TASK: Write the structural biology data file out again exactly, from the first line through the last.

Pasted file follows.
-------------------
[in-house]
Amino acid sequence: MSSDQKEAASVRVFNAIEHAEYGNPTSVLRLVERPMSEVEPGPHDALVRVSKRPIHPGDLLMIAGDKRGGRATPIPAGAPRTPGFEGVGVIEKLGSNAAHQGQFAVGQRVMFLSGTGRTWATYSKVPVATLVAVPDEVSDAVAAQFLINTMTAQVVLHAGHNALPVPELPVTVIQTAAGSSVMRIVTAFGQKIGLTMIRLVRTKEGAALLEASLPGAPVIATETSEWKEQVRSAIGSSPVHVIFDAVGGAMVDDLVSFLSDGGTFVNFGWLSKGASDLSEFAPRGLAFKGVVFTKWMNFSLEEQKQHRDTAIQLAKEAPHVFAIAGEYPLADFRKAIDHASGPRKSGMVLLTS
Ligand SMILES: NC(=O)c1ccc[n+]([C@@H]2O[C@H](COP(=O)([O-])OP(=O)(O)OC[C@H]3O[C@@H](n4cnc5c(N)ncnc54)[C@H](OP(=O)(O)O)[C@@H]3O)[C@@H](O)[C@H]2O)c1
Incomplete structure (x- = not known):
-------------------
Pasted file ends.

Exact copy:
[in-house]
Amino acid sequence: MSSDQKEAASVRVFNAIEHAEYGNPTSVLRLVERPMSEVEPGPHDALVRVSKRPIHPGDLLMIAGDKRGGRATPIPAGAPRTPGFEGVGVIEKLGSNAAHQGQFAVGQRVMFLSGTGRTWATYSKVPVATLVAVPDEVSDAVAAQFLINTMTAQVVLHAGHNALPVPELPVTVIQTAAGSSVMRIVTAFGQKIGLTMIRLVRTKEGAALLEASLPGAPVIATETSEWKEQVRSAIGSSPVHVIFDAVGGAMVDDLVSFLSDGGTFVNFGWLSKGASDLSEFAPRGLAFKGVVFTKWMNFSLEEQKQHRDTAIQLAKEAPHVFAIAGEYPLADFRKAIDHASGPRKSGMVLLTS
Ligand SMILES: NC(=O)c1ccc[n+]([C@@H]2O[C@H](COP(=O)([O-])OP(=O)(O)OC[C@H]3O[C@@H](n4cnc5c(N)ncnc54)[C@H](OP(=O)(O)O)[C@@H]3O)[C@@H](O)[C@H]2O)c1
Incomplete structure (x- = not known):